Big Rallies Are Common In Bear Markets

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Includes: SPY, TLT, VOO, VTI
by: Chris Ciovacco

Summary

What can we learn from recent green days in the stock market?

How often did stocks finish green during the 2007-2009 bear market?

What drives the longer-term outcomes in the financial markets?

Green Days And Green Weeks Common During Downtrends

If we were having dinner with a friend while the markets were closed, it would be easy to say, "yeah that makes sense" in response to the following statement:

During a bullish trend, stocks do not go up every day. During a bearish trend, stocks do not go down every day.

However, when the markets are open and a countertrend rally comes, it is very difficult to remember the common sense statements above, since emotions and egos like to take over.

What Can We Learn From History?

The table below shows the largest 40 daily gains in the S&P 500 (NYSEARCA:SPY) during the dot-com bear market. It tells us big up days are very, very common within the context of an established downtrend.

Given the magnitude and frequency of the gains in the table above, you may find it difficult to believe that during the same period the S&P 500 lost 49% (see chart below).

How Do The Trends Look In 2016?

The charts shown in this week's video help us better understand the context of recent green days in the stock market. The charts speak for themselves.

After you click play, use the button in the lower-right corner of the video player to view in full-screen mode. Hit Esc to exit full-screen mode.

How About The Financial Crisis?

The results paint a very similar picture. It was not easy to navigate the 2007-2009 bear market in terms of holding defensive assets during the big up days and countertrend moves. Markets (NYSEARCA:VTI) never make anything easy on anyone (bulls or bears).

During both bear markets, the primary trend drove the outcome rather than the countertrend green days shown above. Despite the top 40 daily green days, the S&P 500 (NYSEARCA:VOO) lost over 56% between October 2007 and March 2009 (see chart below).

It Is Not Just One-Day Wonders Either

If you want to be right during a downtrend, you are going to have to be willing to be wrong on about 50% of the days during that downtrend. What can we learn from a green day during a downtrend?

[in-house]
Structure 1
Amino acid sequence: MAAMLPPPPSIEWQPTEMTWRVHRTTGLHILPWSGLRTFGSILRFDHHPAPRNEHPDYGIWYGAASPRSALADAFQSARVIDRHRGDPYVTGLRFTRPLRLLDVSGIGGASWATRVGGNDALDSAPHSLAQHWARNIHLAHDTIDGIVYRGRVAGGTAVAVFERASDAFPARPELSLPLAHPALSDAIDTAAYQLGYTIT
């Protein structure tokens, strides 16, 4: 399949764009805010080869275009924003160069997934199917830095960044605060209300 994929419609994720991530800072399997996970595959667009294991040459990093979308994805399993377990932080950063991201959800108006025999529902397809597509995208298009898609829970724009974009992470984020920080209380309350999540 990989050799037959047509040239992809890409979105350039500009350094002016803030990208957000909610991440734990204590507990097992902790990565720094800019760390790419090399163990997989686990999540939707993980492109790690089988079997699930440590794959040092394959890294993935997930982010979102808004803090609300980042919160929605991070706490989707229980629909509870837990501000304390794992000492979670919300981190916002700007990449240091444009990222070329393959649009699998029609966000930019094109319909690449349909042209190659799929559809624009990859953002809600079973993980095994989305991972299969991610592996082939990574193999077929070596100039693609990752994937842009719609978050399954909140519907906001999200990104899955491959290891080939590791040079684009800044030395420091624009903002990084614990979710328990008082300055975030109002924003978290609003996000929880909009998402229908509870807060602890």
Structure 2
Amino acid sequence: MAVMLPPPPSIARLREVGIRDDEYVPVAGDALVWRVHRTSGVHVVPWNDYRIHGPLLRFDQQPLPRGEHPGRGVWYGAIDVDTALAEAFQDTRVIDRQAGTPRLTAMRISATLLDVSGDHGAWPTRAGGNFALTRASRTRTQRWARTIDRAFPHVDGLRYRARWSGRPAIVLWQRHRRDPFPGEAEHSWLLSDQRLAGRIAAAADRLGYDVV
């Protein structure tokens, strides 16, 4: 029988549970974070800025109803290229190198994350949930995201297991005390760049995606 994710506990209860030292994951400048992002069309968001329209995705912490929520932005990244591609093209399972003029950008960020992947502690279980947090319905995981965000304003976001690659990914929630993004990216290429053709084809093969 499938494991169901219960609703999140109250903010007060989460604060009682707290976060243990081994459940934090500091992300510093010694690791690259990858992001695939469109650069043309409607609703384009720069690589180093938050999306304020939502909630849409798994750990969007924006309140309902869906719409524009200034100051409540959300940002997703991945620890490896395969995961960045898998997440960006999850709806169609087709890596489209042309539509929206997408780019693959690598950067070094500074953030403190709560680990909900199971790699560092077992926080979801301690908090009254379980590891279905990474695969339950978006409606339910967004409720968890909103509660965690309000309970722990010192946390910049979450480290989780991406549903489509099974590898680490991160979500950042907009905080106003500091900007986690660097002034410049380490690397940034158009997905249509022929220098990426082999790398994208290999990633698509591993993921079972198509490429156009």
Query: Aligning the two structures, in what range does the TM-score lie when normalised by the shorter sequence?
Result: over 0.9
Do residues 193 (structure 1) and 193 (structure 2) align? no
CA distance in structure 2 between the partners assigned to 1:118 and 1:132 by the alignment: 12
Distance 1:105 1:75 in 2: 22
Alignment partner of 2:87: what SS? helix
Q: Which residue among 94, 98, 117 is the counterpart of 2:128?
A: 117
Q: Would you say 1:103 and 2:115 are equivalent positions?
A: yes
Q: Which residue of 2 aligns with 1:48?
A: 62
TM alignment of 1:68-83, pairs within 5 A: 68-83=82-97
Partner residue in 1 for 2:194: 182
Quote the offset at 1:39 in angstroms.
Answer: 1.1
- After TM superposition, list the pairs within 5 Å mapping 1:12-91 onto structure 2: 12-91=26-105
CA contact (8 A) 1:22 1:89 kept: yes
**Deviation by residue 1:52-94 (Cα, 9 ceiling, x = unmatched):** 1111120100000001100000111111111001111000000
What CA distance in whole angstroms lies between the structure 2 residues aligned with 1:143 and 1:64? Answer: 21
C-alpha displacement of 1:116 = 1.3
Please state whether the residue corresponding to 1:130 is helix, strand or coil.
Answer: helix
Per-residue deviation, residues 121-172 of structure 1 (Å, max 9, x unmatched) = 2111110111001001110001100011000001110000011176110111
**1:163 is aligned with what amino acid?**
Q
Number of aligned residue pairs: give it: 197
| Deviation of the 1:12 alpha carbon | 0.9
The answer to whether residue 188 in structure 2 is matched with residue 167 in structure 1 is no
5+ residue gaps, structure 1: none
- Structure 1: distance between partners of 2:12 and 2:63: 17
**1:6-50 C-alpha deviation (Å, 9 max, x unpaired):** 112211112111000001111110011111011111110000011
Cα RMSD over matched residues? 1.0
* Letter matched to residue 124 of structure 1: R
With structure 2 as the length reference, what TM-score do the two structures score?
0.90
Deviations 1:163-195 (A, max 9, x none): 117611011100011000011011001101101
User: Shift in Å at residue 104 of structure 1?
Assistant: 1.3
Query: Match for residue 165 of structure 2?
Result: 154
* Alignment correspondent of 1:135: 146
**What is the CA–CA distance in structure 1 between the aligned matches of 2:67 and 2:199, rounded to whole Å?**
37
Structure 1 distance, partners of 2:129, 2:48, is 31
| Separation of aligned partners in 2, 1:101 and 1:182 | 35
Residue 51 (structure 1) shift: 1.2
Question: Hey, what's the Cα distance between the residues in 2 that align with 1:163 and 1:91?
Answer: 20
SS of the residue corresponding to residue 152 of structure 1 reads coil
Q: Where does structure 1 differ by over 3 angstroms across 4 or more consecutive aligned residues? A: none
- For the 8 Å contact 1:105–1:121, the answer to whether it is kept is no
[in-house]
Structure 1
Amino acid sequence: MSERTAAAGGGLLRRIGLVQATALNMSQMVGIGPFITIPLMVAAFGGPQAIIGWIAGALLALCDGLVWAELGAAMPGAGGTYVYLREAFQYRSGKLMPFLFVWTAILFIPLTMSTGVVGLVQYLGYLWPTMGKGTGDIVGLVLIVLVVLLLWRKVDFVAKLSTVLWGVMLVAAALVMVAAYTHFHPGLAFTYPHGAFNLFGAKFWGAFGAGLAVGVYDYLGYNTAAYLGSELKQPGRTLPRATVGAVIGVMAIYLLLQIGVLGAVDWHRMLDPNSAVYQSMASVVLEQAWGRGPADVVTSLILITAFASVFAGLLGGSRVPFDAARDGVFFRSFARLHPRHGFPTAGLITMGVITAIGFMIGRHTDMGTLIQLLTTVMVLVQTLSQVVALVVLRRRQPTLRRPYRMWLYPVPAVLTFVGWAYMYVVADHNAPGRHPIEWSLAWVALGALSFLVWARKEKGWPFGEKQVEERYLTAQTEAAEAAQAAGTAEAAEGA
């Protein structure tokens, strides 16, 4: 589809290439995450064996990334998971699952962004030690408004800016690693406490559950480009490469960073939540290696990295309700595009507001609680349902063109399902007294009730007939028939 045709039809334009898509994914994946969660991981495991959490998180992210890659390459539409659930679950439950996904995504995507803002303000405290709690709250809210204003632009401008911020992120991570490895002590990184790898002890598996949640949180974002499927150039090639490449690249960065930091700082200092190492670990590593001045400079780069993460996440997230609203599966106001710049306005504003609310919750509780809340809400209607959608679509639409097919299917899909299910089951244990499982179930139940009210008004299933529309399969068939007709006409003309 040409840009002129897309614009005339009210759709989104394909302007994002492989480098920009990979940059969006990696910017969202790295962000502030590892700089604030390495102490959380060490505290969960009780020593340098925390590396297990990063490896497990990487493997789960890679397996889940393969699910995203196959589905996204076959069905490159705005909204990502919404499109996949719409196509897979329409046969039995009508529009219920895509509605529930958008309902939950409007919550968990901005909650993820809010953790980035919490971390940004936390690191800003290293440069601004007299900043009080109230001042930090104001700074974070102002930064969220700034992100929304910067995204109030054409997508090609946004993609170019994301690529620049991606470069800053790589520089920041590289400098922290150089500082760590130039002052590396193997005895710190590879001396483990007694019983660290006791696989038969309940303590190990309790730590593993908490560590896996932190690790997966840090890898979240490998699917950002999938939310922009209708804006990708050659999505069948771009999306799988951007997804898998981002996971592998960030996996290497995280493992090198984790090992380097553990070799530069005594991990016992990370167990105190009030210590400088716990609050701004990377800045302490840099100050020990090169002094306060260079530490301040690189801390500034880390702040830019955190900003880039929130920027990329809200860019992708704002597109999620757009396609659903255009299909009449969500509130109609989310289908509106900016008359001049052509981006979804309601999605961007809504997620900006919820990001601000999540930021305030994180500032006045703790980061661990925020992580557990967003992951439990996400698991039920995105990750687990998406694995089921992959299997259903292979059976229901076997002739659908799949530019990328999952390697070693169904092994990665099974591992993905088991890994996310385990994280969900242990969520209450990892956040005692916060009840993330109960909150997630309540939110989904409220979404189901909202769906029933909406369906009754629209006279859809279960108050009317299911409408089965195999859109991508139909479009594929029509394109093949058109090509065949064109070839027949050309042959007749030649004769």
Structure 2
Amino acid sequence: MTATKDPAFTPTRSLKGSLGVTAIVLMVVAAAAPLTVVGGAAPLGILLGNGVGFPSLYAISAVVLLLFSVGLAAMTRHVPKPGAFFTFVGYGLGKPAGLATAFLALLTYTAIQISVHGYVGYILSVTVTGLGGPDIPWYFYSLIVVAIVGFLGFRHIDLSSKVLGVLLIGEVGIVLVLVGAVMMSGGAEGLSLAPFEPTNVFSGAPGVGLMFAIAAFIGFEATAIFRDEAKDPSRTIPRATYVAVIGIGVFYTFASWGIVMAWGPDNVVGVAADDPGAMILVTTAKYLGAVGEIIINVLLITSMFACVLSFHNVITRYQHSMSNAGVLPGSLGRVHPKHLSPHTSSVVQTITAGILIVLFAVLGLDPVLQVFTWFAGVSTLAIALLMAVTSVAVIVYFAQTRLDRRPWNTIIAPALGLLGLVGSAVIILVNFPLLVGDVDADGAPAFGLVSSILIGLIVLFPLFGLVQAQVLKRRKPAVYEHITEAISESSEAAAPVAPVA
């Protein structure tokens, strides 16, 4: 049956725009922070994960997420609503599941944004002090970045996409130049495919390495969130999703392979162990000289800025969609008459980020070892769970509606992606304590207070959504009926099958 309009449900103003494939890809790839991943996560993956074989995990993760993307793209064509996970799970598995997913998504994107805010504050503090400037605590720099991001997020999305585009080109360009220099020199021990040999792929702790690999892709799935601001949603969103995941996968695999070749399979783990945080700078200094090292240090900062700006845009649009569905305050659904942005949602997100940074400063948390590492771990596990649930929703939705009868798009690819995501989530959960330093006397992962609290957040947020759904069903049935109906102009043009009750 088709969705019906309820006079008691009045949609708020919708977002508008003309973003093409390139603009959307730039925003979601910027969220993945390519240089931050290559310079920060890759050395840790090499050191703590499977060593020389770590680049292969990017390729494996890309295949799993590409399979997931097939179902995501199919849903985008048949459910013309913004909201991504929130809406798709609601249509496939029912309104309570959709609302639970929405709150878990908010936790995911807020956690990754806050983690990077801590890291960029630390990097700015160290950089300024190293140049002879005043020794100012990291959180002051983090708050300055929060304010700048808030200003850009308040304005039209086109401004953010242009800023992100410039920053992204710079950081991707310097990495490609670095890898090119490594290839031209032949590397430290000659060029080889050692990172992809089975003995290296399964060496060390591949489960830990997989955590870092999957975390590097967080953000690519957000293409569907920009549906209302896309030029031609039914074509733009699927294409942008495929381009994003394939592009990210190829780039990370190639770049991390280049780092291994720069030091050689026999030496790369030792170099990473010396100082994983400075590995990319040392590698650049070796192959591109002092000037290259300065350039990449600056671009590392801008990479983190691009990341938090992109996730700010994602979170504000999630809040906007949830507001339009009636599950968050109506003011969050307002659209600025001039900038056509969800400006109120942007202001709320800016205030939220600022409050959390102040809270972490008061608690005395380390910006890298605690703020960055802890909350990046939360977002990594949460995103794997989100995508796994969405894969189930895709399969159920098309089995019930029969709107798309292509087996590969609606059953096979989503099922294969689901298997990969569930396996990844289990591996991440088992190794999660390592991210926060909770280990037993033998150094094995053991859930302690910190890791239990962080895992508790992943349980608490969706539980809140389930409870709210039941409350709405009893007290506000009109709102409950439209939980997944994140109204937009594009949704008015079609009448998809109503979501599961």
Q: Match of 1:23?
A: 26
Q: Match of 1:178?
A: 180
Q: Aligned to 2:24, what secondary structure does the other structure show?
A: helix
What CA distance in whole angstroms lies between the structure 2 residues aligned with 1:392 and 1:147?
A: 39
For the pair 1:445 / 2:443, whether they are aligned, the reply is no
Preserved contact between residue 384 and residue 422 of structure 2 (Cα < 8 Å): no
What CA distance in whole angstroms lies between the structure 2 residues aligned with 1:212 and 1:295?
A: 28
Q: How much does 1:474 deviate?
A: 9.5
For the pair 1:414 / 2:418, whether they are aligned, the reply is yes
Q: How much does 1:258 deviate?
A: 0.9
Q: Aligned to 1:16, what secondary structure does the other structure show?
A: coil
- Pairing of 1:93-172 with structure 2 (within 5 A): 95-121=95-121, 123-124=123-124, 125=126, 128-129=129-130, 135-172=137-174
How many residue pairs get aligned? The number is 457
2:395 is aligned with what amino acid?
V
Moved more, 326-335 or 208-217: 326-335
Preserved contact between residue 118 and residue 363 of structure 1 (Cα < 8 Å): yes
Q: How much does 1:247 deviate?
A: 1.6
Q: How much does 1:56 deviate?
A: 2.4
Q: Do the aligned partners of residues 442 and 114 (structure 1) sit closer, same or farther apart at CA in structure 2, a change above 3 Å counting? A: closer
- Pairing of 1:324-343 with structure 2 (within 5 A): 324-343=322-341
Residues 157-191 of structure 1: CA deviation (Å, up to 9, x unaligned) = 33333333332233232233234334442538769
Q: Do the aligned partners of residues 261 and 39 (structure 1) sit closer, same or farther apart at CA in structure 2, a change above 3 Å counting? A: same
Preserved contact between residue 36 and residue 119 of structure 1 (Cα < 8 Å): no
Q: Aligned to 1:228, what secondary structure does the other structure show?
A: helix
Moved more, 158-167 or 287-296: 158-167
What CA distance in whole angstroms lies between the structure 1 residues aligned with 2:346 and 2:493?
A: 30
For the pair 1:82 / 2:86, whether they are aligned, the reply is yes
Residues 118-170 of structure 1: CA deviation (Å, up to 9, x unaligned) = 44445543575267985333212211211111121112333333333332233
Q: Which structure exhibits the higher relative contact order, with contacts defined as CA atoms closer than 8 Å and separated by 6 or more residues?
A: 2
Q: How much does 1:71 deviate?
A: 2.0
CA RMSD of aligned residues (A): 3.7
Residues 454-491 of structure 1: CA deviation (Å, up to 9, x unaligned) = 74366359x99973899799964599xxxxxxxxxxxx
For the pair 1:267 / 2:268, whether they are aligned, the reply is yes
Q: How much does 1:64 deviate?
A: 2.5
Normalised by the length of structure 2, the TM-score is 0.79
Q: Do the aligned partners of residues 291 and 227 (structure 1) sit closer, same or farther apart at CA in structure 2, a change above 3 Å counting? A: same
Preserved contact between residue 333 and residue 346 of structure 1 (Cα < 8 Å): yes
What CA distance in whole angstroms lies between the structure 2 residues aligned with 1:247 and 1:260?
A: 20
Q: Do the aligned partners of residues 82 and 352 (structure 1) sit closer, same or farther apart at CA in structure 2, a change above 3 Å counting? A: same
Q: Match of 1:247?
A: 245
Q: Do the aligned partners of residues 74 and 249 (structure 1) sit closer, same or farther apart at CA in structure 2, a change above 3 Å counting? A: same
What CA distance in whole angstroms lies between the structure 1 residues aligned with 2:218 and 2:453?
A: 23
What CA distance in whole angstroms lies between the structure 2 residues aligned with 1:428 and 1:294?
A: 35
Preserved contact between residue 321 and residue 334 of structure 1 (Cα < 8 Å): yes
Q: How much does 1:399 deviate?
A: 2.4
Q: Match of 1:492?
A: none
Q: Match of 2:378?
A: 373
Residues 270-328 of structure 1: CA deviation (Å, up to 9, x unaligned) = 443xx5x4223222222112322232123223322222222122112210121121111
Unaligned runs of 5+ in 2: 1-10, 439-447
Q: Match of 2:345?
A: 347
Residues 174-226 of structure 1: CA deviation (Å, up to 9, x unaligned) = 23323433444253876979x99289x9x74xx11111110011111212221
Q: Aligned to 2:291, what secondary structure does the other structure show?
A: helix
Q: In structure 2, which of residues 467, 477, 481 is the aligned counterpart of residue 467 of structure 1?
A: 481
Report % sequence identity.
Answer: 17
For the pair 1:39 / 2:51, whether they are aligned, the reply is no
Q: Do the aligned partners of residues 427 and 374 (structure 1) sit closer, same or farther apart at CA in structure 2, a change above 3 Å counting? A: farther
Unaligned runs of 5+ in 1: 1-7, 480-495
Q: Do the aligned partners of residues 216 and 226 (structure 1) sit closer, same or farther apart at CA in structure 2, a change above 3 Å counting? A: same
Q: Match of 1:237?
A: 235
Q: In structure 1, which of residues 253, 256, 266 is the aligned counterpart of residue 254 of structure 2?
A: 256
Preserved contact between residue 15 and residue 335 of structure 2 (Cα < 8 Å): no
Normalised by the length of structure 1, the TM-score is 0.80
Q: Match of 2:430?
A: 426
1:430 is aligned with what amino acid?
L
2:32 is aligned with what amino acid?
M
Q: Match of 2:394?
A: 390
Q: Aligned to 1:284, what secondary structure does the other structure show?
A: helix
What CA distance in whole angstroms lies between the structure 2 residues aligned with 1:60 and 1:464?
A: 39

1. The 2007-2009 bear market lasted 355 trading days. You might guess that the vast majority of those days stocks were red. That was not the case.
  2. During the 355 trading-day bear market, 180 were red or down days, 175 were green or up days.

In our case, and based on our timeframe, it is very important that we do not waste a lot of mental energy on greens vs. red days, but rather we must focus on the primary trend. There are numerous green days during a downtrend, just as there are numerous red days during an uptrend, which is what makes investing so difficult.

Stats Are Easy To Forget When Your Positions Are Red For The Day

The facts show that is it very common for defensive assets to have red days during a downtrend. The hard part is remembering that when the market is open and your screen is red. Bull markets are not easy. Bear markets are not easy. The market model is designed to keep us aligned with the primary trend, and even that is not easy since there are primary trends on daily, weekly, and monthly timeframes - something that the model accounts for, but that topic is beyond the scope of this article.

Moral Of The Story

Do you think defensive assets (NYSEARCA:TLT) performed well during the top 40 green days (2000-2002) and the top 40 green days (2007-2009)? Of course not - in fact during those 80 days defensive assets underperformed significantly relative to the stock market.

Do you think defensive assets beat the stock market during the entire dot-com bust bear market and financial crisis bear market? Yes, they killed the S&P 500, but in order to capture those gains, you had to remain disciplined during the numerous green days that attempted to bait us into common human mistakes that are made over and over again in bear markets.

Using Hard Evidence, Rather Than Emotions, As A Guide

Under our approach, if we remain disciplined and follow the rules (and that includes staying with the approach during normal countertrend moves), the hard evidence will keep us aligned with the primary trend. The same evidence and rules will alert us to a probable change in trend. The tweet below captures the purpose of this post.

Flexibility Key In All Markets

Ugly charts and ugly market profiles can begin to show meaningful improvement at any time. Therefore, we will head into next week open to all longer-term outcomes from max bull to max bear.

Disclosure: I am/we are long TLT.

I wrote this article myself, and it expresses my own opinions. I am not receiving compensation for it. I have no business relationship with any company whose stock is mentioned in this article.